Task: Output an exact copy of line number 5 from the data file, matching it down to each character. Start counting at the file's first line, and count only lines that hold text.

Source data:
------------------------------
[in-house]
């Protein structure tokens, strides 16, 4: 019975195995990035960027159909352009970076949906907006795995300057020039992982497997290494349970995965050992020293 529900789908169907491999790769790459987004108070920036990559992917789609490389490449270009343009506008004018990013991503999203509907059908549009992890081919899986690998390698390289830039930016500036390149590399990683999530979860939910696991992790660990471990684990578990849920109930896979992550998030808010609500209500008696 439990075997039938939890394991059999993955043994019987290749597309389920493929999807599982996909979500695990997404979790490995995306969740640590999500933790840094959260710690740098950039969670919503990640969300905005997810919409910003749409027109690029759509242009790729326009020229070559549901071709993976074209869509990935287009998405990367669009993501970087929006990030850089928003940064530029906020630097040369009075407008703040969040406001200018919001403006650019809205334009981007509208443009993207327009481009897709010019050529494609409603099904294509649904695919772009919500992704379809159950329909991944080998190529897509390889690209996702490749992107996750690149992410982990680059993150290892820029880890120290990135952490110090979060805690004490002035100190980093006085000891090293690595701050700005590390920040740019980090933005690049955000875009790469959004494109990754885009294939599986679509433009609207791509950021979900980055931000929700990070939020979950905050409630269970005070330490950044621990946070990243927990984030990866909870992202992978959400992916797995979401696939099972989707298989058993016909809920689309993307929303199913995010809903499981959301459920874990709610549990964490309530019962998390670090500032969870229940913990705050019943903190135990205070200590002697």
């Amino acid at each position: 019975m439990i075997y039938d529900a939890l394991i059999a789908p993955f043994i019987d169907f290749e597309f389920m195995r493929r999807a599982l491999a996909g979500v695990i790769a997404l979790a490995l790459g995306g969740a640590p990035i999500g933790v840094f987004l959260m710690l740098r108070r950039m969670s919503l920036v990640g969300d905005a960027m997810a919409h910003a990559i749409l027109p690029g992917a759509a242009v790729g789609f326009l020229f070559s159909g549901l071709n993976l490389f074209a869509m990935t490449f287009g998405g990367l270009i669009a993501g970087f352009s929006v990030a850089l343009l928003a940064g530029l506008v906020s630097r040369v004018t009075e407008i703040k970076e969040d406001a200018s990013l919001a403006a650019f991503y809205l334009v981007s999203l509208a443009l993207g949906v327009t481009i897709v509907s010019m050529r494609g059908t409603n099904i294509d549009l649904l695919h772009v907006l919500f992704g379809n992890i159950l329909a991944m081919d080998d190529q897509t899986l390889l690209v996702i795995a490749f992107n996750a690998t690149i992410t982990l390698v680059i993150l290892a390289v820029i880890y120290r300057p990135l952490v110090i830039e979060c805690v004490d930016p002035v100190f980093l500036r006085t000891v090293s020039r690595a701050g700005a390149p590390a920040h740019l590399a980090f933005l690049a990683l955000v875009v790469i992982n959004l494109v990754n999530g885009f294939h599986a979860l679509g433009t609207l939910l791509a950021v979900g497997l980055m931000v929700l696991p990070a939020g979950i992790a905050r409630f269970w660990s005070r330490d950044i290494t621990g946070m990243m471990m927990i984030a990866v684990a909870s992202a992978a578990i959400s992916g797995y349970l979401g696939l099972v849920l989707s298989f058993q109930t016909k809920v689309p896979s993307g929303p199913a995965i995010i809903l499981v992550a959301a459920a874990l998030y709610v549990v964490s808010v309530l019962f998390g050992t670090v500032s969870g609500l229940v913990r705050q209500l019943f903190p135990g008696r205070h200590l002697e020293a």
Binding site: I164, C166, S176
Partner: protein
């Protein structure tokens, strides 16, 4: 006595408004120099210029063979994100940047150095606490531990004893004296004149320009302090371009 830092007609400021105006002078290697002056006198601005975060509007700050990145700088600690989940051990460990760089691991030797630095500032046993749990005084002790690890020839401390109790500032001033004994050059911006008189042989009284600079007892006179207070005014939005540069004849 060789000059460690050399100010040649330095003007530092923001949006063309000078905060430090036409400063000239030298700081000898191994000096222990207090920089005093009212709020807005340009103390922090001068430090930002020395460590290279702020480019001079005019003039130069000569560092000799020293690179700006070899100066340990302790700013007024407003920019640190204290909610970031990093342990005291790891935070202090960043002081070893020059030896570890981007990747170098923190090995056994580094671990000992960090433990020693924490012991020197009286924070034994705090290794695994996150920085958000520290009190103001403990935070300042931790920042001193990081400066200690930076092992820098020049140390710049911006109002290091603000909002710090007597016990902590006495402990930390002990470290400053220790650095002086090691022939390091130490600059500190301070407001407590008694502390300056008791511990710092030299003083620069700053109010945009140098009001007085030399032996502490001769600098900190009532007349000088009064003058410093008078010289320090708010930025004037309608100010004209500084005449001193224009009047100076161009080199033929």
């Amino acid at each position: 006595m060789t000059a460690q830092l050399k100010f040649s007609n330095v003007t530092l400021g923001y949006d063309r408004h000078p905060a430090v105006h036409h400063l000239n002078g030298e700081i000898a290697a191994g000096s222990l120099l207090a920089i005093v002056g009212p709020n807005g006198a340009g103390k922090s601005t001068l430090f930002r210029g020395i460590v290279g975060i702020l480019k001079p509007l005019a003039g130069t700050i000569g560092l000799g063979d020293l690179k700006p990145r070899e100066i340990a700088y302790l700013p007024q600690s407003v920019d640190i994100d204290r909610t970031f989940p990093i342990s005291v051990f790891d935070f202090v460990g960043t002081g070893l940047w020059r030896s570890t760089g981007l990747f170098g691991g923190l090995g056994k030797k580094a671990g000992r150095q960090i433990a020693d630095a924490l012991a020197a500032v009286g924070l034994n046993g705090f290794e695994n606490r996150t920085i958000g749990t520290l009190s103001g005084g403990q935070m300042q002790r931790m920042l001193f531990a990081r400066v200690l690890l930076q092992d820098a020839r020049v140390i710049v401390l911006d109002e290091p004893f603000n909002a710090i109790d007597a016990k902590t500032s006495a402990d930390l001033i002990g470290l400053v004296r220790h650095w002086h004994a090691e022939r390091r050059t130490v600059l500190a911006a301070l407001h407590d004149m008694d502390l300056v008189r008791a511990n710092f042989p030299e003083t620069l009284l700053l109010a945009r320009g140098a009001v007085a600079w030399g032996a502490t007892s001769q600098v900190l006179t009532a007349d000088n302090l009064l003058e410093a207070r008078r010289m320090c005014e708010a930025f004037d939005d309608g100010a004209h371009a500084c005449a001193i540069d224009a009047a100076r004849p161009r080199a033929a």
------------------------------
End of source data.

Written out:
Partner: protein